Airbus Helicopters is a division of Airbus Group, a global leader in aeronautics, space and related services. The company's mission is to p...
The Tiger HAD is Airbus Helicopter's multi-role attack helicopter. It is designed to perform armed reconnaissance, air or ground escort, air-to-air combat, ground firing support, destruction and anti-tank warfare, day or night and in adverse conditions.
The Tiger attack helicopter has proven its capabilities during operational deployments in Afghanistan, the Central African Republic, Somalia, Libya and Mali. The enhanced Tiger HAD variant provides air-to-ground missile capability, improved target acquisition and ballistic protection, 14 percent more power, an evolved electronic warfare suite, and the latest interrogation systems.
Superior inside the cockpit
With its tandem-seat glass cockpit layout, both the pilot in the forward position and the aft-seated gunner can manage the weapon systems and primary flight controls, switching roles if necessary.
Each crew member's pair of multifunction LCD displays is used to display sensor data and information on internal systems, as well as to interact with the aircraft's systems.
An additional display system is provided with the helmet-mounted display (HMD) – which presents flight and fire data with digitally-enhanced optics to the flying pilot. The HMD also enables the gunner to interact with, and control, the on-board weapon systems and view targeting data.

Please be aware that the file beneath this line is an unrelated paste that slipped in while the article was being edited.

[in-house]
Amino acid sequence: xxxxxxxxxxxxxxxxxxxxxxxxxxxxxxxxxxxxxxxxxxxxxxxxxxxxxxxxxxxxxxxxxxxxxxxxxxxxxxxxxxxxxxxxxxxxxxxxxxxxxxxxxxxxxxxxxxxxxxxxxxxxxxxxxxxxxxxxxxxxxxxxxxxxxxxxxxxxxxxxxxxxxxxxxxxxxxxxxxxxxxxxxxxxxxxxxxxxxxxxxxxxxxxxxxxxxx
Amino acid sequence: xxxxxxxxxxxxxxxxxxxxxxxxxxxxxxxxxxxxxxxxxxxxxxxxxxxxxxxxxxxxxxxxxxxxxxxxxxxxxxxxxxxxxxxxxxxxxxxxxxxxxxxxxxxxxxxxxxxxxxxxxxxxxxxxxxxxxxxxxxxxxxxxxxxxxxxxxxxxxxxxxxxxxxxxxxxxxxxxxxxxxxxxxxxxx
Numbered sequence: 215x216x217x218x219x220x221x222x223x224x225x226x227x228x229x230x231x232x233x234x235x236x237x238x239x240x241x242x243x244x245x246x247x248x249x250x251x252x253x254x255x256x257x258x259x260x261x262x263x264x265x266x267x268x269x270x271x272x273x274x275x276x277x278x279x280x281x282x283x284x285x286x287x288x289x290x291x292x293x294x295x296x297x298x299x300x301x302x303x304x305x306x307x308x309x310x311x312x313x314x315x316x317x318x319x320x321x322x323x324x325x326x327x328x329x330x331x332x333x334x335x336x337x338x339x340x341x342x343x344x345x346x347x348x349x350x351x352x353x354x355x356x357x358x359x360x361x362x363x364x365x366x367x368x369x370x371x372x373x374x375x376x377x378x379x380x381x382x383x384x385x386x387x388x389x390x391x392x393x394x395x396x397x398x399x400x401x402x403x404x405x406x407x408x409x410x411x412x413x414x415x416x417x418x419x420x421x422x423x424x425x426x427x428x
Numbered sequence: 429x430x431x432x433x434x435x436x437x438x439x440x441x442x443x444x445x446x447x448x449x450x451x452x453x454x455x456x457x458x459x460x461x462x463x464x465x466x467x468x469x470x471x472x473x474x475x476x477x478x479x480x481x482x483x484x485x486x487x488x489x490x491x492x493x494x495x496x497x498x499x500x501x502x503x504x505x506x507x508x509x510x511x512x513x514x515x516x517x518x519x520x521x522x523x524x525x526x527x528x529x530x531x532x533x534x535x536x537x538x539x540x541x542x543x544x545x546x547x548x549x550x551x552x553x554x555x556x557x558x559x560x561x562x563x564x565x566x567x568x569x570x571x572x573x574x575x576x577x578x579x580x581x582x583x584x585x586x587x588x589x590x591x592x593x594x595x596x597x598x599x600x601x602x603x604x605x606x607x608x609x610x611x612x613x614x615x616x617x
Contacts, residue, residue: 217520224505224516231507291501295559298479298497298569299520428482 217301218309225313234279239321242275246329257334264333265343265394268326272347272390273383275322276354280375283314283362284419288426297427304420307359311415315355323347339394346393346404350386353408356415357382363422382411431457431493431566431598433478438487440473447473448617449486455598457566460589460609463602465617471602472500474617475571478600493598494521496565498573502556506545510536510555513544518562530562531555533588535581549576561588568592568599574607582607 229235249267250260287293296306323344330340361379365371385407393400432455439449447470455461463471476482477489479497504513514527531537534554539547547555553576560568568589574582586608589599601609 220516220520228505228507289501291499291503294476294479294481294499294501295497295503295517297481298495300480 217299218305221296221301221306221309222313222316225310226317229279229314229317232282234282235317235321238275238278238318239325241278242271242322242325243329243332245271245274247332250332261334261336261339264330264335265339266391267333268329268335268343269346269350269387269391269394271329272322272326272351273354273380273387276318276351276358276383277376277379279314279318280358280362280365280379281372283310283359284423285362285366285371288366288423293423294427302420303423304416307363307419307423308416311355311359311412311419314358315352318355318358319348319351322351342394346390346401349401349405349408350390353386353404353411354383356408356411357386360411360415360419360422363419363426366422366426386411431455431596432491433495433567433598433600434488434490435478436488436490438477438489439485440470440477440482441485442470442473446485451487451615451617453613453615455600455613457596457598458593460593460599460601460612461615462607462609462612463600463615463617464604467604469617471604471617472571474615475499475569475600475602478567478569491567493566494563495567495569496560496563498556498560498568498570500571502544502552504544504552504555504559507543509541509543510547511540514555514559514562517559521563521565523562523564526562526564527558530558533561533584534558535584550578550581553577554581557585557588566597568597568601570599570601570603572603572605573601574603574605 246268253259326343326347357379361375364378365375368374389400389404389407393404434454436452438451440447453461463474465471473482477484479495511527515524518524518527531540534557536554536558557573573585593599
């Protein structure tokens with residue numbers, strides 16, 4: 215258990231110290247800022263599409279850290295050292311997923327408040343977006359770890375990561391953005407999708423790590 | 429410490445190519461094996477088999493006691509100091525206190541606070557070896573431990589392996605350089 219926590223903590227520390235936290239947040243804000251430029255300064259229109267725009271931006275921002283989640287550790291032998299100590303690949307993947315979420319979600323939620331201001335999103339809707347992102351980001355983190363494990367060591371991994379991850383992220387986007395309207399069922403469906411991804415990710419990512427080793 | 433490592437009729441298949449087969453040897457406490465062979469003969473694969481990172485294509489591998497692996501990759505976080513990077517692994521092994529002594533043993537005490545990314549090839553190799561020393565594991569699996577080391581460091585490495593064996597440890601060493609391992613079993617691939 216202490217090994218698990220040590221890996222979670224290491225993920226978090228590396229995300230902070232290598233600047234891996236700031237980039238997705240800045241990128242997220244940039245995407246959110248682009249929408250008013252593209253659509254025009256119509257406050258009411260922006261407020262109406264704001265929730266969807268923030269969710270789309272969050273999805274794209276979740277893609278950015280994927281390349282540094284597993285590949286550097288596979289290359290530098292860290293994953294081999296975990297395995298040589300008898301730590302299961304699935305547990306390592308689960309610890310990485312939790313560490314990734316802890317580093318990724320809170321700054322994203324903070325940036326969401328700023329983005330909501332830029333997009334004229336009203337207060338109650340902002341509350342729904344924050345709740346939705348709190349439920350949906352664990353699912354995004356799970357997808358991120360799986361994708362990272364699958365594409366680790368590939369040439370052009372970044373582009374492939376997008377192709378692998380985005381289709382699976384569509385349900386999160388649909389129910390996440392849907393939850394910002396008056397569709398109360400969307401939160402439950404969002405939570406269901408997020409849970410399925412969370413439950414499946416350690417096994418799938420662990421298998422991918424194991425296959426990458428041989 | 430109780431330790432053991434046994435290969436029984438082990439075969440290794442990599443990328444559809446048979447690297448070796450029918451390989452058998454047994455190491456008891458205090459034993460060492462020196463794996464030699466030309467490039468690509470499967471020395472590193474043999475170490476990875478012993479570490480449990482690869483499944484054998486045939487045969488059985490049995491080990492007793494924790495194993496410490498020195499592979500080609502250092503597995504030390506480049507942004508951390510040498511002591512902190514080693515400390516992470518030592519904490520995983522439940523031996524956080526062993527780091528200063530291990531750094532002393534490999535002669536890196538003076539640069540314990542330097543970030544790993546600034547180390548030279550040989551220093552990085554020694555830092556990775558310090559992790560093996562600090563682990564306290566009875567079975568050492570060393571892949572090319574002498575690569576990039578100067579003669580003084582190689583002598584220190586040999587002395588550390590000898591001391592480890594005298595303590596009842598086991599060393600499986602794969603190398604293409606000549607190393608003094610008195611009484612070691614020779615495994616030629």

Powerful, modern and capable
The Tiger HAD is highly agile, benefitting from a 13-meter, four-bladed hingeless main rotor. It is likewise powerful, thanks to two enhanced MTR390 turboshaft engines.
Avionics incorporated on the Tiger HAD are the EUROGRID battlefield management and digital map display systems, integrated radio and satellite communications and data transfer links, an IFF transponder/interrogator, and a high-authority 4-axis digital automatic flight control system.
The gyro-stabilized roof-mounted sight has a TV camera, thermal imager, laser rangefinder, laser designator, and a laser spot tracker capable of simultaneously following up to four targets.
In addition, the Tiger HAD has combat external fuel tanks for longer mission flight times, an extended flight domain in which Spike and Hellfire anti-tank missiles can be fired, and digital communications for the modern digitized battlefield.
Tiger HAD Block 2 helicopters are also “navalized,” allowing operations from ships and in maritime environments.